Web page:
Misty was right. He hadn’t talked to her, really, since it had happened. And he hadn’t taken her out for more than a month. Casey knew she loved the Italian place in town with the watercolor gondolas on the walls and the paper tablecloths that she drew on with green and blue crayons. Casey’s favorite part was the spumoni ice cream, and the hard peppermint candies in the bowl near the hostess stand.

Even the times they had made love lately hadn’t been the same. Even though he craved to connect with her, he felt like he was floating above himself, desperately trying to remember how her touch was supposed to make him feel.

Thunder shook the sky. And suddenly, there were rabbits everywhere. Rabbits poured from the tall grass meadow on his left and dashed across his feet and around his legs. They hopped across the road and into the tall goldenrod beyond the gravel shoulder on the other side.

Casey stood there a moment in the darkness, his heart beating double time, his mind trying to process what he had just seen.

And then a brilliant streak of orange light shot toward the earth and struck the parking lot of the gas station, not fifty yards ahead of him. It was gone in an instant.

For a moment, there was only silence.

Then he heard a scream. A woman up ahead of him screamed, and Casey began to run.

* * *

The man was lying on the ground, the door to his Toyota Camry still open, car keys glinting on the blacktop near his outstretched hand.

There were raw red marks on his fingers, and at the base of his neck. The stench of burning flesh was everywhere.

For a moment, Casey’s mind flashed back to the prisoner, lying on the ground, the pool of blood spreading around him like a butterfly’s wings.

A woman sat on the ground near the ice machine, shaking, barely able to stand up. Her t-shirt had a picture of a kitten on it.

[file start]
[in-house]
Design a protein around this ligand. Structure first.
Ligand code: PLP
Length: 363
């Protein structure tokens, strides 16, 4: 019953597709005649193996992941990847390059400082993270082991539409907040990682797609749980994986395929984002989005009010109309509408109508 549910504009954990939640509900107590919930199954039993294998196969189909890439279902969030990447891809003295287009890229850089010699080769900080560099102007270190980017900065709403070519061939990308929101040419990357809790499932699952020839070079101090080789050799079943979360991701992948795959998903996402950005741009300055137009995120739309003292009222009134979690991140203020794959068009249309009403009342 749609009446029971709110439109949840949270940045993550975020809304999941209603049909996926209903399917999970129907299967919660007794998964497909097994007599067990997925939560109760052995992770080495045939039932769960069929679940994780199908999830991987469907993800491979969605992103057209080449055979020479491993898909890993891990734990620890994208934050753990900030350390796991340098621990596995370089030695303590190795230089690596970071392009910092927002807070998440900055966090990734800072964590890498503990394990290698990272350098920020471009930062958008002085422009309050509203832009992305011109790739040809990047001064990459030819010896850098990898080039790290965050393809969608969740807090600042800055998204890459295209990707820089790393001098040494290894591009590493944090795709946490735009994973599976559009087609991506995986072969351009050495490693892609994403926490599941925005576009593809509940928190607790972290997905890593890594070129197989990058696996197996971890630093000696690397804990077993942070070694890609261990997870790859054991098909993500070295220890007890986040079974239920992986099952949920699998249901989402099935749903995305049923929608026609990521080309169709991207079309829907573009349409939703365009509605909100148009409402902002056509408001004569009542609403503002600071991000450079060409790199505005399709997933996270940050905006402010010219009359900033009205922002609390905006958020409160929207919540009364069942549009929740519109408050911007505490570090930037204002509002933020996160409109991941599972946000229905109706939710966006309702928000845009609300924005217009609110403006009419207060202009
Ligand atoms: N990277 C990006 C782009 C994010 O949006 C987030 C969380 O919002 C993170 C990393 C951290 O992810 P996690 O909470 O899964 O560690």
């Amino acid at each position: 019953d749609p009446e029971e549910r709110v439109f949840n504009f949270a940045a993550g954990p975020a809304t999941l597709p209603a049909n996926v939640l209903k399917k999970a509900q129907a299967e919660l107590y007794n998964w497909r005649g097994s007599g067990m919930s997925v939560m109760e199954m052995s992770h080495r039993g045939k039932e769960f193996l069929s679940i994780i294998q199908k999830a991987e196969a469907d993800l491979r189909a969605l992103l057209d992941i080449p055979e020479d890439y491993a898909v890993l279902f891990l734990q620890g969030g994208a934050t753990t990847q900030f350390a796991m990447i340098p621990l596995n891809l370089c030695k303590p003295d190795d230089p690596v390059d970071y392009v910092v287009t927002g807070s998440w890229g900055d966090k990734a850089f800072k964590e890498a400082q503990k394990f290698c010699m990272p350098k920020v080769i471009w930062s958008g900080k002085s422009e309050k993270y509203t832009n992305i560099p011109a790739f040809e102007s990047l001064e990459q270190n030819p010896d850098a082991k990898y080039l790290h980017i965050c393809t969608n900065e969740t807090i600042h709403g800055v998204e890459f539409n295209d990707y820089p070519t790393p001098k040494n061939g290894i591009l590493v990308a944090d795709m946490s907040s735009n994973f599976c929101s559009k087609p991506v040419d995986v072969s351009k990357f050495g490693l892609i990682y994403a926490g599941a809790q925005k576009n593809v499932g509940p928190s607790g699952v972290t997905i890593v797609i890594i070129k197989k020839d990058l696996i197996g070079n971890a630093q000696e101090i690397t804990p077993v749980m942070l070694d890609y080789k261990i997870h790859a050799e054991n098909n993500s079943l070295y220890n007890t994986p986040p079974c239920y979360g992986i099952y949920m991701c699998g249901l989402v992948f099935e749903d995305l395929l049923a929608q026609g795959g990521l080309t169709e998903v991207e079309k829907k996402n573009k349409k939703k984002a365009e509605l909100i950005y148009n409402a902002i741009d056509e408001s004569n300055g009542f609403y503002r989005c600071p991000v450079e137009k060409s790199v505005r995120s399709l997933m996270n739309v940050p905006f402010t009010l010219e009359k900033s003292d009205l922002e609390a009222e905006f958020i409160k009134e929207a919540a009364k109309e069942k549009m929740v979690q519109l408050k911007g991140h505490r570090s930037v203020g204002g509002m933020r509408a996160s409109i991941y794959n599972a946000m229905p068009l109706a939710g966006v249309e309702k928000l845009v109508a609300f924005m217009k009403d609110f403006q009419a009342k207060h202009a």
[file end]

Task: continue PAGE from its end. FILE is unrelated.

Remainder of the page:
It just hit him square on the head, she whimpered. He got his gas and he was getting back in his car and it hit him.

Casey bent down next to the man. His eyes were closed, and his lips looked thin and gray.

Casey felt for a pulse. It was weak, but present.

Can you hear me, Casey asked him. Buddy, can you hear me?

The man didn’t move.

Is he dead, the woman asked. Is he electrocuted?

I don’t know, Casey said. I’m not a doctor.

A girl in a blue-striped shirt and stiff slacks ran out of the gas station. Casey had seen her working behind the counter.

What happened, she said. I seen the light come down.

You call an ambulance, he said. You get them out here right now.

The girl ran inside. Casey turned to the man, who was moaning.

You’re gonna be all right, man, Casey said. Don’t move.

Raindrops splattered the pavement. The girl in the striped shirt appeared next to him.

They’re on their way, she said. The woman on the phone said they’re coming.

She stood there, watching him. The wind blew her hair in her eyes.

Do you know what you’re doing? she asked.